I think I could invest about 2-3 hours a week on this. So just to be clear, and using F as my starting point, I’m doing the 3 note major and minor arpeggio for two octaves, all three positions. Then I would do what? The M7, m7, Dom7, and m7b5 for all four of their inversions. That’s probably about all I would have time for. I’ll give it a 6 month trial along with some additional scales (I already practice at least once a week 7 scales). I’ll do F on Monday then Bb on Tuesday, all through the cycle. 15 minutes a day. This would mean I skip learning a new tune, which I’ll pick back up in 6 months. We’ll see what happens!
    Yea... you'll be happy.
    Just to clairify

    Start with Key of "G" (it will work easier when starting, in the end it doesn't matter)

    1) Play Gmaj. scale in 2nd position. (2 octaves) (Ionian))
    2) Then play the 3 note Gmaj. Triad Arpeggio, two octaves, also in 2nd position

    3) Then up to 6th position... play Bmin. version of Gmaj scale, (phrygian), again 2 octaves. 1st finger stretches
    4) Then the 3 note Gmaj. Arpeggio starting on "B", the 3rd degree. Two octaves, 6th position with 1st finger stretches

    5) then up to 9th position... play D7 version of Gmaj. scale, (mixo) again 2 octaves
    6) then play last inversion of 3 note Gmaj. Triad arpeggio, two octaves, also in 9th position.

    If you need the complete study notated out... I have it, but generally... you going through the process of writing it out will help as much as the playing.

  16. #90

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    Quote Originally Posted by djg
    this could be a cool challenge if we could find someone who would be willing to invest the same amount of time but basically do the opposite, namely practicing only a few authentic bebop moves within the octave with focus on application. i'd be happy to provide the framework for such a volunteer. would be interesting to compare the experiences after 6 months.
    Sure, but perhaps an informal challenge. So long as the other participant is posting videos in the virtual jam threads we can watch the progress literally unfold over the next 6 months.

    I have never taken lessons from anyone. I did an intro to guitar class in high school (1992) which got me started on guitar, but that was the closest thing to any lessons. I learned everything out of a book called “The Complete Guitarist” in the 90’s. This arpeggio challenge will be interesting since I went over them years ago but never put them into a practice routine as Reg has suggested.

  17. #91

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    Yea... Triple, not really a challenge, contest or anything like that. I'm here to help guitarist get better. Help you be able to play tunes easier with not so much work etc... Generally learning tunes is a different aspect of practice. If you picked up a tenor sax, would you just start learning jazz tunes.

    Also the sooner you get to 7th chords the easier it becomes and you'll begin to see and hear the bigger picture of how all this BS works together. Also... if you just want to do this privately, we can use PMs or emails.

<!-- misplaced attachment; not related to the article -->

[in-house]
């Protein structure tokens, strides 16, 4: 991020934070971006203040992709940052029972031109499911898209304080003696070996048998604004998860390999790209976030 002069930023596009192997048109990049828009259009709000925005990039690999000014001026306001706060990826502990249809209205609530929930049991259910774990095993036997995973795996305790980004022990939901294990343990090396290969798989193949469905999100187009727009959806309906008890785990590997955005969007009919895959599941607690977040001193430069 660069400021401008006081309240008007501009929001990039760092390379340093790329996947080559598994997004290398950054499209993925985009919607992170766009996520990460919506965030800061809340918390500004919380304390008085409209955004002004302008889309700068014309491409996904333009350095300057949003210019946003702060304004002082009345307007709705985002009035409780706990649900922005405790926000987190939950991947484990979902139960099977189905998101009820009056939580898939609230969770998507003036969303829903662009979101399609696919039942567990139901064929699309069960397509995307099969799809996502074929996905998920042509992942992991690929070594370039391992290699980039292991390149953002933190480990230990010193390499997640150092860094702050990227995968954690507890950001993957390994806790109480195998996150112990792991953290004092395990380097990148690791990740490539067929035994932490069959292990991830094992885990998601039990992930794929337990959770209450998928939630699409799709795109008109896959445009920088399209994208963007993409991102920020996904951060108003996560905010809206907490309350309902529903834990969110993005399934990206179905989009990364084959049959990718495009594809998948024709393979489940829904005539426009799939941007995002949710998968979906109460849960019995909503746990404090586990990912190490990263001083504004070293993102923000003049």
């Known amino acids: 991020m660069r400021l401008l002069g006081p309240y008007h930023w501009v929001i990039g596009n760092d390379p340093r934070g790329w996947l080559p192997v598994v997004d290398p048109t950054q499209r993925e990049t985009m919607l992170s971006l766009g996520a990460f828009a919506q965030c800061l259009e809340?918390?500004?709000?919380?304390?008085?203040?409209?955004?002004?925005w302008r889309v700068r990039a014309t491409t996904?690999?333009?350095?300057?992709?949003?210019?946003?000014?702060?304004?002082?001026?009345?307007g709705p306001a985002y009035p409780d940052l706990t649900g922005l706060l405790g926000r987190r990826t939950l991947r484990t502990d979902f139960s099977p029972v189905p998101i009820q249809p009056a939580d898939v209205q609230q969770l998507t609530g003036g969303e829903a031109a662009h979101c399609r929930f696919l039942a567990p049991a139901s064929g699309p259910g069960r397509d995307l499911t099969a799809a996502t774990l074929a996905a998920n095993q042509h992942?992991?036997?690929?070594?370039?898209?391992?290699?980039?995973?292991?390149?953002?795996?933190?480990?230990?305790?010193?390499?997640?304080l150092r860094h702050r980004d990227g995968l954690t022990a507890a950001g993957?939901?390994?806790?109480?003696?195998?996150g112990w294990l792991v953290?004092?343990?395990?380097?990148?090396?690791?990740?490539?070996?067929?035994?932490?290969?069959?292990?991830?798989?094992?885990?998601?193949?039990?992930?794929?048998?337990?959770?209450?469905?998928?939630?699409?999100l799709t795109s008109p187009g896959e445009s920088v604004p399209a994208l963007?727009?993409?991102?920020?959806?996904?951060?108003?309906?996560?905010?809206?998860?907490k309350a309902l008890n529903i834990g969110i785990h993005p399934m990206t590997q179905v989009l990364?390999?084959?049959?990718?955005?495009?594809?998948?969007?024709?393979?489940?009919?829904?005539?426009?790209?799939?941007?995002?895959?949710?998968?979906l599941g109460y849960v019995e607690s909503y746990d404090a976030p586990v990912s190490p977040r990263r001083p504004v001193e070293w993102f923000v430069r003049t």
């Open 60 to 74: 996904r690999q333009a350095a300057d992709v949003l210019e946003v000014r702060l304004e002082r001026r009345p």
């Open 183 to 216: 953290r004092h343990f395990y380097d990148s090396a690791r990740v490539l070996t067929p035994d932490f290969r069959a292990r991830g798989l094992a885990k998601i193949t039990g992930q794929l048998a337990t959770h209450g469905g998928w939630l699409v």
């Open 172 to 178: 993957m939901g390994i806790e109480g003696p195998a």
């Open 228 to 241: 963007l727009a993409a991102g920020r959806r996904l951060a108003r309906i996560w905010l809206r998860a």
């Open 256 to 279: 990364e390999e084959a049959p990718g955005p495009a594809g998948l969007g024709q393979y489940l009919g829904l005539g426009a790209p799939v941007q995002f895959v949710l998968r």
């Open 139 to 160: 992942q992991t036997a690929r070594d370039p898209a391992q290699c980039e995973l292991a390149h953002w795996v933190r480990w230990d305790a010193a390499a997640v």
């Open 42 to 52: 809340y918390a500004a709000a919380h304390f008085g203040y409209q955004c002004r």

18. #92

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    Just for sh*ts and giggles:



  19. #93

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    LOL that was great, best post... thanks

  20. #94

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    Quote Originally Posted by Reg
    LOL that was great, best post... thanks
    Thank you Reg.

  21. #95

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    More sh*t than giggles, mind

    That was a joke

  22. #96

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    Quote Originally Posted by TOMMO
    Just for sh*ts and giggles:

    Cool! Have you ever checked out Dave Tronzo?


  23. #97

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    Quote Originally Posted by ragman1
    That was a joke
    I knew it was....


    Quote Originally Posted by John A.
    Cool! Have you ever checked out Dave Tronzo?
    Yes: I'm aware of him although his stuff is a bit too way out for me...


    Question to you all:

    My "musical brain" keeps wanting to hear the turnaround (E-7 | F7 | Bbmaj7 | A7 ) as E-7b5 | F7#9 | Bbmaj7 | A7 alt |
    What do you think?

  24. #98

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    Quote Originally Posted by TOMMO
    I knew it was....




    Yes: I'm aware of him although his stuff is a bit too way out for me...


    Question to you all:

    My "musical brain" keeps wanting to hear the turnaround (E-7 | F7 | Bbmaj7 | A7 ) as E-7b5 | F7#9 | Bbmaj7 | A7 alt |
    What do you think?
    On the head, E-7b5 works with the A in the melody, but F7#9 is pretty dissonant. I mean it's a sound, and you could certainly do it, but I'm not crazy about the sound of the G# there. I would tend to comp it more as a plain old F7, or maybe a b9. Blowing, anything goes as long as it's responsive to the rest of the band.

  25. #99

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    Quote Originally Posted by John A.
    On the head, E-7b5 works with the A in the melody, but F7#9 is pretty dissonant. I mean it's a sound, and you could certainly do it, but I'm not crazy about the sound of the G# there. I would tend to comp it more as a plain old F7, or maybe a b9. Blowing, anything goes as long as it's responsive to the rest of the band.
    I like it like this

    x7878x
    x8789x
    x10 8 10 10 x
    x7 11 11 11 x

  26. #100

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    My last appointment today was cancelled, so I thought I'd work on th ol' swing thing a bit. Warning: roughly edited content.